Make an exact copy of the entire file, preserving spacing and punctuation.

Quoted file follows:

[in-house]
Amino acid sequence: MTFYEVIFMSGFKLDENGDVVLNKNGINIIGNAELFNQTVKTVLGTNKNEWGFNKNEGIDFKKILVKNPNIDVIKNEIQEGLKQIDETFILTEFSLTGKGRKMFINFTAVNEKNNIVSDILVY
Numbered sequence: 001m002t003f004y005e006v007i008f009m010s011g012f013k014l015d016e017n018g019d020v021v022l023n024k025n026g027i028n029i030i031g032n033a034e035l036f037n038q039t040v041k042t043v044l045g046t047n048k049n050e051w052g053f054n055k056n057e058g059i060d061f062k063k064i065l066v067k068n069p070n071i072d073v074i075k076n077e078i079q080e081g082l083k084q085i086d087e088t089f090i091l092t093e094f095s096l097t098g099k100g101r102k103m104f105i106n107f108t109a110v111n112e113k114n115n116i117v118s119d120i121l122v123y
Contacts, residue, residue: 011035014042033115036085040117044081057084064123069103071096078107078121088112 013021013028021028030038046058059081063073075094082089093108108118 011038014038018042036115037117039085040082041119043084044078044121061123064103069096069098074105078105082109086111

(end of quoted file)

[in-house]
Amino acid sequence: MTFYEVIFMSGFKLDENGDVVLNKNGINIIGNAELFNQTVKTVLGTNKNEWGFNKNEGIDFKKILVKNPNIDVIKNEIQEGLKQIDETFILTEFSLTGKGRKMFINFTAVNEKNNIVSDILVY
Numbered sequence: 001m002t003f004y005e006v007i008f009m010s011g012f013k014l015d016e017n018g019d020v021v022l023n024k025n026g027i028n029i030i031g032n033a034e035l036f037n038q039t040v041k042t043v044l045g046t047n048k049n050e051w052g053f054n055k056n057e058g059i060d061f062k063k064i065l066v067k068n069p070n071i072d073v074i075k076n077e078i079q080e081g082l083k084q085i086d087e088t089f090i091l092t093e094f095s096l097t098g099k100g101r102k103m104f105i106n107f108t109a110v111n112e113k114n115n116i117v118s119d120i121l122v123y
Contacts, residue, residue: 011035014042033115036085040117044081057084064123069103071096078107078121088112 013021013028021028030038046058059081063073075094082089093108108118 011038014038018042036115037117039085040082041119043084044078044121061123064103069096069098074105078105082109086111